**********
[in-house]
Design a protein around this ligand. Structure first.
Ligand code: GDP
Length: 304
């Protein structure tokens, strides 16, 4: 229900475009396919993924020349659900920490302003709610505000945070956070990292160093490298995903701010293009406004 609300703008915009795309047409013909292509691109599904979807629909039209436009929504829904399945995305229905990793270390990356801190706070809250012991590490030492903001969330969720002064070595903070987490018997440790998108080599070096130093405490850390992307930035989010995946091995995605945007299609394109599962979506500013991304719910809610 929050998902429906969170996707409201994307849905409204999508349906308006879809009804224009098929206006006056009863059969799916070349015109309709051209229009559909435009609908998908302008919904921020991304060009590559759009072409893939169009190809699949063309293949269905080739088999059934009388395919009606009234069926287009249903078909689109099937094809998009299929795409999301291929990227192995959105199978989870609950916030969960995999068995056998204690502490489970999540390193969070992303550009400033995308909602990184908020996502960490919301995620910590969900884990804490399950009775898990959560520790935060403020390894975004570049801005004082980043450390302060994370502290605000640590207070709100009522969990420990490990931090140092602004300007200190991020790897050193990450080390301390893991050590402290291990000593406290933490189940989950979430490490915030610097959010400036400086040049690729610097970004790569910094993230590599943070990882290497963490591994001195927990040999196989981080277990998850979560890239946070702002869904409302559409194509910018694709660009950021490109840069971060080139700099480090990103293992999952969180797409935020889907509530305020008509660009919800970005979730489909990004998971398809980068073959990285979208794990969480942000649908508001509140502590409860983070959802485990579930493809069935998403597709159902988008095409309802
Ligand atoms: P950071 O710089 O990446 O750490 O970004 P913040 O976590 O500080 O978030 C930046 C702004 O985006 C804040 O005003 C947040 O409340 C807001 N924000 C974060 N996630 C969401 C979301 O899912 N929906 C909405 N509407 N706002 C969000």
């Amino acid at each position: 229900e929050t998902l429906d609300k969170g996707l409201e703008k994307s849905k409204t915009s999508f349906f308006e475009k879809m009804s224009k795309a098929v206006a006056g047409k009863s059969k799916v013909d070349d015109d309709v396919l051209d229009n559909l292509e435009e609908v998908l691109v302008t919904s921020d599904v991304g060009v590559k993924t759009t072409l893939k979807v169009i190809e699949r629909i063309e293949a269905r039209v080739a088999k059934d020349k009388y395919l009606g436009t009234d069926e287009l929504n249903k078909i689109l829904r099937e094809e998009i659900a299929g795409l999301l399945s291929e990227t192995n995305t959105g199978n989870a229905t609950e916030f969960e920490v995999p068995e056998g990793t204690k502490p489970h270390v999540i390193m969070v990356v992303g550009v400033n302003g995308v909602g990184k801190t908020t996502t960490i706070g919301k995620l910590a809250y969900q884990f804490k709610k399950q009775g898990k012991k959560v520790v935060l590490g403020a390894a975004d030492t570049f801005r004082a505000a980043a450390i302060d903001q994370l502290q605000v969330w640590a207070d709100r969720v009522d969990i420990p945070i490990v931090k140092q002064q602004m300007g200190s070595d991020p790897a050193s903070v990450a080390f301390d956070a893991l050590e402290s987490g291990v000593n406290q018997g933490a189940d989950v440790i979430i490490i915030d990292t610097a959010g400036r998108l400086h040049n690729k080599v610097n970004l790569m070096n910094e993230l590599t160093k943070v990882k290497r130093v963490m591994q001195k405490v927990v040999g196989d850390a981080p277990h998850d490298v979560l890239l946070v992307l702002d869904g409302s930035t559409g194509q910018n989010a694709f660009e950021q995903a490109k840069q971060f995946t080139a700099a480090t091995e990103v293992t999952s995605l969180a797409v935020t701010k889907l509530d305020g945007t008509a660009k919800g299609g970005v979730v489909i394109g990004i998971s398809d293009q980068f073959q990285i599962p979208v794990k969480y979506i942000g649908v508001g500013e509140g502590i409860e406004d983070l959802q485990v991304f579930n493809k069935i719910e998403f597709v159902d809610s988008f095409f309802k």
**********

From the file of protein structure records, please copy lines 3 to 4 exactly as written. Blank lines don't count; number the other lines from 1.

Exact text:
Ligand code: GDP
Length: 304